So the other day I was catching up on reading Dave Hingsburger. I know, I know- I’ve said before just how much I like the guy and how much I appreciate his advocacy; just how much I have learned and continue to learn from him. I’m repeatedly amazed at how simple and profound his thoughts make the world appear when I find myself agonizingly inarticulate over similar issues.
Here’s the thing- The examples he gave in this post- I was fortunate. I won’t say I never did the things he did as a caregiver- I’m sure I did. But I also had the blessing of his wisdom back then. I had so many teachers reminding me to listen to and respect the words, thoughts and actions of a person with a disability. It was my job as a caregiver to hear them and to help them navigate their world in their own way. There is one thought that sticks with me, and I apologize that I can’t remember who to give the credit too- but there was a time when I worked with people with fairly profound disabilities on a daily basis. We worked to teach them daily living skills. How to unload the dishwasher, dress themselves, shop for themselves, feed themselves. I remember someone wise interjecting during a weekend caregiving stint, that just because someone can do something, doesn’t mean you have to make a lesson of it every single time. Sometimes, it’s nice to have someone get you your cup of coffee. It doesn’t mean you weren’t capable and need to prove that you are learning every single time.
Where am I going with this? Especially since it seems to be the opposite of Dave’s point? That the point is to learn to listen to people. To every person. To put aside the soundtrack in your head of what you think someone should or could do and notice them today.
All people- and here’s the light that just flipped on as I was reading Dave; including the people that aren’t labeled as “disabled”. I’m outing myself here. Sometimes, I’m hyper-critical of Zuzu. Not here, but in the moment, when she’s having a hard time and not behaving like how I think she should behave in a given situation. I rationalize, well she’s new to this earth. She needs me to instruct her. She needs me to tell her we are going to storytime now, because that’s when it is scheduled and you’ll just have to be able to sit still and listen to the nice lady like all the other kids because that’s where good parents take their kids. Even though I see the energy practically bursting out of her. I see that she wants to run and play and not have to answer to anyone at this moment.
I’m still reflecting on this. I’m not suggesting parents don’t owe it to their children to instruct them. I know we do, but we also owe it to our children to let them be who they are. The difference is when the Quail hollers and screams at me and knocks her carefully prepared food off of her plate- I tell her no, but later I will reflect on her strength, her ability to have an opinion and her ability to communicate it so clearly. I make my focus to try to offer a choice next time so she can choose what she wants. I work on the sign for eat and for drink- so next time she wants one or the other she has an easier way to get her point across. Because she has a disability- I expect to have to slow down and learn to work with her, because of how I’ve been trained. Because of this training I know she’ll get there. I tend to not make overarching generalizations about what it means about her capacity and what kind of person she’ll be or what kind of trouble she’ll have or whether or not she’ll grow up to be a doctor some day or not. I know to wait and listen to her and let her find her voice.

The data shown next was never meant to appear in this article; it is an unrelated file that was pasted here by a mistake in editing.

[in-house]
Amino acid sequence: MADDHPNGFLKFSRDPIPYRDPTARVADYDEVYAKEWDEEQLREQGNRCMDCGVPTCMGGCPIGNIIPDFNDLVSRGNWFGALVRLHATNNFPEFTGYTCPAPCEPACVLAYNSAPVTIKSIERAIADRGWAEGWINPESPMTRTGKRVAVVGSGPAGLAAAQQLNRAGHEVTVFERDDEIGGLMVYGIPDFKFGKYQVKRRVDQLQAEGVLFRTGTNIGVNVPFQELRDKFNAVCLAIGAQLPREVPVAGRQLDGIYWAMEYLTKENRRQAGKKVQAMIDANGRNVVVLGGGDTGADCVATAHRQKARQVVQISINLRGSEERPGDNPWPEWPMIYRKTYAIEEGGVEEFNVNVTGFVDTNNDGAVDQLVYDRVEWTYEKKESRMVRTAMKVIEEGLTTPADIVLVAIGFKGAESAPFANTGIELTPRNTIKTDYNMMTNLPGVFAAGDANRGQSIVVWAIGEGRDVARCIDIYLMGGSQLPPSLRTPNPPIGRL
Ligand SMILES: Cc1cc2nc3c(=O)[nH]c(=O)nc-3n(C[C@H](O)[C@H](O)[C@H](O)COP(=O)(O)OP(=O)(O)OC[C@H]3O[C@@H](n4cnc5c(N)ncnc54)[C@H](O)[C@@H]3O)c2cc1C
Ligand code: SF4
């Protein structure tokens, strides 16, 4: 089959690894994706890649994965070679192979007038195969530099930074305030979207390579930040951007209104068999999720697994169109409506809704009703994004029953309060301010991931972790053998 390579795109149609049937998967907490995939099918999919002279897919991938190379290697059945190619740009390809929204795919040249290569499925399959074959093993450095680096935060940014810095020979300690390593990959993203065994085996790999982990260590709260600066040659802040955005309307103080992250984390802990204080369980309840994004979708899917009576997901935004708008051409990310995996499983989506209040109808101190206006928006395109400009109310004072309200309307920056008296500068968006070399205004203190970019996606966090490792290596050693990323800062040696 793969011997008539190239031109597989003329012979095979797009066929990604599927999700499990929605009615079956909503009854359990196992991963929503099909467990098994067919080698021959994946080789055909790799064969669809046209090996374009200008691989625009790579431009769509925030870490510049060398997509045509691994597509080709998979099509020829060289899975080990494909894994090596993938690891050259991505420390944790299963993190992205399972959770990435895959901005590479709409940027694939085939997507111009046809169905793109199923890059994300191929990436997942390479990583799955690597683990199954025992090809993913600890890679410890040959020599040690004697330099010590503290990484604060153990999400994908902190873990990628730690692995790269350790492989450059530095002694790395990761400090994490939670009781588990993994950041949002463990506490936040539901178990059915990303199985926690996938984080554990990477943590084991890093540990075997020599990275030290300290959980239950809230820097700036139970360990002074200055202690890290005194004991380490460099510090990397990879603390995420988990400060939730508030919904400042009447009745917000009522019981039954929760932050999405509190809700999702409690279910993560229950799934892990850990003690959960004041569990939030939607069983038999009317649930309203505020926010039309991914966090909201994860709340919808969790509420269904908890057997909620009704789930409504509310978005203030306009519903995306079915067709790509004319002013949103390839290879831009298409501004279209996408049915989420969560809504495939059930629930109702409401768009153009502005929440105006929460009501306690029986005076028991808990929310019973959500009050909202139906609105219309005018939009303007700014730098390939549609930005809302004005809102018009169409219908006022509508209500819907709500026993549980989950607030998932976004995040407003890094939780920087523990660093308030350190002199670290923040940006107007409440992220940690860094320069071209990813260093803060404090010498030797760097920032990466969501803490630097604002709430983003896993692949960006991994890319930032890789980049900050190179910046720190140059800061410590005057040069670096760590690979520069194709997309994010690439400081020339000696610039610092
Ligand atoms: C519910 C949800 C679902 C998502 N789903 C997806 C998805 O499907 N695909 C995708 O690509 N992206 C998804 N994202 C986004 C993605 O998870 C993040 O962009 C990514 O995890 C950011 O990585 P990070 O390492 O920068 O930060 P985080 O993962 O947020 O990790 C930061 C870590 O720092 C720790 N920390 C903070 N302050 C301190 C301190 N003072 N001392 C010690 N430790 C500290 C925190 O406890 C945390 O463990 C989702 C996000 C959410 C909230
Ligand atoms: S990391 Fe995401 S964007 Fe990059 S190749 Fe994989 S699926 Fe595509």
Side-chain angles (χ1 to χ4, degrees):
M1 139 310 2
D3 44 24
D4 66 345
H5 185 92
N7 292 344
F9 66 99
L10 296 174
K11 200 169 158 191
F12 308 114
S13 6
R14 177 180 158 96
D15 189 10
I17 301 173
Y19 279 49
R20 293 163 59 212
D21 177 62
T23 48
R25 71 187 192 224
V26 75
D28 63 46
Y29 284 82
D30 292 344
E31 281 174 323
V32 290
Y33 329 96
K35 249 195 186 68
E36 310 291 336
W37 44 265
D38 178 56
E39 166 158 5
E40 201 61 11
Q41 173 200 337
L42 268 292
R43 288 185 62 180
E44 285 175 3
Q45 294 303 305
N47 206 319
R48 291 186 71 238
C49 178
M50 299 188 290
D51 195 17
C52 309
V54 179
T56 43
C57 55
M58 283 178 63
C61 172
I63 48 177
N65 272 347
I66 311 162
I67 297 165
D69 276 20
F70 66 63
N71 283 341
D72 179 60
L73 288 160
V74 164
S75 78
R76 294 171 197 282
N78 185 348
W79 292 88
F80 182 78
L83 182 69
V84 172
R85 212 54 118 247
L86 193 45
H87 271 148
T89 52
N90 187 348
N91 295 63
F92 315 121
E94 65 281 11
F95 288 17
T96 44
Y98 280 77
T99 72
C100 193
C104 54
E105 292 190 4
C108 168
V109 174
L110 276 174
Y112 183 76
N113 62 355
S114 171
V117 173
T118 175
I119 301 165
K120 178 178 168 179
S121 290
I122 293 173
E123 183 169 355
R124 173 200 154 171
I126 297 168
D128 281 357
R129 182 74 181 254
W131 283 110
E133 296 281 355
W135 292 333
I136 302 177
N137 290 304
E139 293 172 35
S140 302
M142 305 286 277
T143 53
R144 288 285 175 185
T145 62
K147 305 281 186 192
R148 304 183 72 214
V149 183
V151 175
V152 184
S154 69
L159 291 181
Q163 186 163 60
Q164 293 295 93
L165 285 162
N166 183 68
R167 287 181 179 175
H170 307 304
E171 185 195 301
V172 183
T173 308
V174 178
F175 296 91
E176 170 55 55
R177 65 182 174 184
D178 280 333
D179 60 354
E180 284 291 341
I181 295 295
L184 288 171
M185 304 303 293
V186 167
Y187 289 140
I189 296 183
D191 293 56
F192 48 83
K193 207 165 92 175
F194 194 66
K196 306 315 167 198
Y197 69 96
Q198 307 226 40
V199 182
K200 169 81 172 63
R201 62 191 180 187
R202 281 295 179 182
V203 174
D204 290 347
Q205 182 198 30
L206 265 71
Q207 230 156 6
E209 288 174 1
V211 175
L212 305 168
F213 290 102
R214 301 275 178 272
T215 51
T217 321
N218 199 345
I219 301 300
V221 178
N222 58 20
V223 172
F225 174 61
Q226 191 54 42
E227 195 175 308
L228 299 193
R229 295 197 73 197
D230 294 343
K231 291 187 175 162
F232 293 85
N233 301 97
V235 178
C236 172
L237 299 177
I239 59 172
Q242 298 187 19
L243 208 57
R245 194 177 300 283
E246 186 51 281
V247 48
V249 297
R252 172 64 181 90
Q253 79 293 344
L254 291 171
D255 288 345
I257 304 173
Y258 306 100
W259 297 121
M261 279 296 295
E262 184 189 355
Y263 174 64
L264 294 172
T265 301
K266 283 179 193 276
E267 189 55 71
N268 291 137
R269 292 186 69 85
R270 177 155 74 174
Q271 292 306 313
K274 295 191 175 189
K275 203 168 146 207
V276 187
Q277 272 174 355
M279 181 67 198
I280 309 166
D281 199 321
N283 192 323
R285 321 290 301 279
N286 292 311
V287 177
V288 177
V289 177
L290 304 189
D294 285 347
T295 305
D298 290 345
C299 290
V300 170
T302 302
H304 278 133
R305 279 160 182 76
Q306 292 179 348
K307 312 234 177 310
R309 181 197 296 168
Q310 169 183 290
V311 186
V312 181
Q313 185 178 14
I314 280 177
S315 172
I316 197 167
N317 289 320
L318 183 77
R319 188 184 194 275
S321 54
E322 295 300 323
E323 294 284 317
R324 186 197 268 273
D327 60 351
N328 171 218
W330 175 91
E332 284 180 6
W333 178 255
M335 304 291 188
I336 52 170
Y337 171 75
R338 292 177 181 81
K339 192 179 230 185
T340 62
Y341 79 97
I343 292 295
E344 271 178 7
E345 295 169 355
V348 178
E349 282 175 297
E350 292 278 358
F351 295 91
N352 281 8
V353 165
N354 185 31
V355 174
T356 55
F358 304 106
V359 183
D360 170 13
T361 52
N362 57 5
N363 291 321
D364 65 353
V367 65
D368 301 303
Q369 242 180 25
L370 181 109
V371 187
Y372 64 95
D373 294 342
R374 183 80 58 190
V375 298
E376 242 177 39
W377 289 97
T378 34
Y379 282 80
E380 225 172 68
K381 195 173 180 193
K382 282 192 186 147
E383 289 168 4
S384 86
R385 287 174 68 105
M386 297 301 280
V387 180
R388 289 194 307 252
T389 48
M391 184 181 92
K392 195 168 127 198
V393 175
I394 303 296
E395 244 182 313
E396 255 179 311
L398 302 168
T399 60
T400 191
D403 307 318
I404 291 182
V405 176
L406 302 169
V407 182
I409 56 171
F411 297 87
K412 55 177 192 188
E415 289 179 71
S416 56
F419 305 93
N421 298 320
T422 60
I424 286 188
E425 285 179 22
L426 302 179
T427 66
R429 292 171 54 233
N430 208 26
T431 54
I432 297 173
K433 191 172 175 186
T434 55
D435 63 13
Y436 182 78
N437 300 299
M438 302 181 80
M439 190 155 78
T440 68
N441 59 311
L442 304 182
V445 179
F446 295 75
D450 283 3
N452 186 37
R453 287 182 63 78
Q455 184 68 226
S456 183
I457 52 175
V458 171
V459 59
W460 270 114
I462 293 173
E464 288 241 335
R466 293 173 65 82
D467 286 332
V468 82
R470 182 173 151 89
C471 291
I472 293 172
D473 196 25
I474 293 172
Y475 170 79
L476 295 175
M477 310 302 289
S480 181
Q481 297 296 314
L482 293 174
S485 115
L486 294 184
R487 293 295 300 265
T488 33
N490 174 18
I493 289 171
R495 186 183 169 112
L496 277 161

I don’t always give Zuzu that same wide girth. If she does the very same action, more often than not, my response is to despair something along the lines of, “Oh no! Not again, you know better than to do that!” And then put her in time out and then later scan my ever-growing library of discipline books for the latest technique to “manage her behavior”.
And don’t get me wrong- I’m not talking about the age dependant biggies here- The Quail- she bites me- she goes to time out. She hits, she gets told no hitting, be gentle and shown how to use her little hand. The next meal we try to be a little more prompt about introducing the choices before she’s so far gone she’d eat her own arm to get a bite of dinner.
But Zuzu, sometimes I forget she is just a little kid. She’s so grown up in so many ways and is the first to tell me what she knows and correct what I think I know. Sometimes I think she should already know more than she does.
Dave says, “Stop listening to what the stereotype cripple is saying loudly in your head and listen to what the real cripple is saying out loud in the real world. Is it so much to ask?”
It’s not too much to ask Dave. Sometimes we all need reminders. Sometimes we are better about remembering the lesson with some and not others. The listening I think comes easier to me with the Quail than it does with anyone else in my life. Probably because I’ve had so much practice and lessons on listening to those with disabilities. I guess in some ways I do still group her as having a disability by affording her actions more respect than I do other people’s. I guess what I realize now- is that it’s really time for that lesson to sink in and generalize a bit. If I’m really going to treat people with disabilities with the respect I afford others- then I need to remember to treat others with the respect I afford those with disabilities. I need to really get the
message that we are all more like than different.
Thank goodness children are pretty darn forgiving.